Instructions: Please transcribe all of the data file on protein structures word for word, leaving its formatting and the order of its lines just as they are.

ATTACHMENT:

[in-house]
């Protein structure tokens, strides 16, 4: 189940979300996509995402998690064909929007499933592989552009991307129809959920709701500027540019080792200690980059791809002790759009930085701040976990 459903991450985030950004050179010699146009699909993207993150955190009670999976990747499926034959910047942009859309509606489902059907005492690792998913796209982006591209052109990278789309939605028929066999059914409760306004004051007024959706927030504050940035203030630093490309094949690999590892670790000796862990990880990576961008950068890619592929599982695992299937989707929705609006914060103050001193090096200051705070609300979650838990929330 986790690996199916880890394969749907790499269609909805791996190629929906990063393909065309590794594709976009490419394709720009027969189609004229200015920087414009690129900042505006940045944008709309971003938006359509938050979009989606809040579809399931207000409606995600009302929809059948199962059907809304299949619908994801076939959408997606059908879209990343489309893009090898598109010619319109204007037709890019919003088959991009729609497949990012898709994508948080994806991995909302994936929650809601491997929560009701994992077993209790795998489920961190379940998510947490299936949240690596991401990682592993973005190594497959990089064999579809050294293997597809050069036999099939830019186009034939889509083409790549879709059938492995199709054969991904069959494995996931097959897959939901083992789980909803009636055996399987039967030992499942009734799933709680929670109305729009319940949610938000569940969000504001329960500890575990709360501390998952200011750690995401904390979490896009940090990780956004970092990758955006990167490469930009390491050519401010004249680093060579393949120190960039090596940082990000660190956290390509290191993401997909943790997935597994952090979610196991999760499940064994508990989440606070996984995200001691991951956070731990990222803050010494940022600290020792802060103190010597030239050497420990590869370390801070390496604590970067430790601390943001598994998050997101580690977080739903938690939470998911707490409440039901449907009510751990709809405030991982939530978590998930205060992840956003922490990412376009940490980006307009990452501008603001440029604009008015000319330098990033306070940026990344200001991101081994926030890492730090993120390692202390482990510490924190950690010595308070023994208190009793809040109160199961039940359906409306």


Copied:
[in-house]
């Protein structure tokens, strides 16, 4: 189940979300996509995402998690064909929007499933592989552009991307129809959920709701500027540019080792200690980059791809002790759009930085701040976990 459903991450985030950004050179010699146009699909993207993150955190009670999976990747499926034959910047942009859309509606489902059907005492690792998913796209982006591209052109990278789309939605028929066999059914409760306004004051007024959706927030504050940035203030630093490309094949690999590892670790000796862990990880990576961008950068890619592929599982695992299937989707929705609006914060103050001193090096200051705070609300979650838990929330 986790690996199916880890394969749907790499269609909805791996190629929906990063393909065309590794594709976009490419394709720009027969189609004229200015920087414009690129900042505006940045944008709309971003938006359509938050979009989606809040579809399931207000409606995600009302929809059948199962059907809304299949619908994801076939959408997606059908879209990343489309893009090898598109010619319109204007037709890019919003088959991009729609497949990012898709994508948080994806991995909302994936929650809601491997929560009701994992077993209790795998489920961190379940998510947490299936949240690596991401990682592993973005190594497959990089064999579809050294293997597809050069036999099939830019186009034939889509083409790549879709059938492995199709054969991904069959494995996931097959897959939901083992789980909803009636055996399987039967030992499942009734799933709680929670109305729009319940949610938000569940969000504001329960500890575990709360501390998952200011750690995401904390979490896009940090990780956004970092990758955006990167490469930009390491050519401010004249680093060579393949120190960039090596940082990000660190956290390509290191993401997909943790997935597994952090979610196991999760499940064994508990989440606070996984995200001691991951956070731990990222803050010494940022600290020792802060103190010597030239050497420990590869370390801070390496604590970067430790601390943001598994998050997101580690977080739903938690939470998911707490409440039901449907009510751990709809405030991982939530978590998930205060992840956003922490990412376009940490980006307009990452501008603001440029604009008015000319330098990033306070940026990344200001991101081994926030890492730090993120390692202390482990510490924190950690010595308070023994208190009793809040109160199961039940359906409306």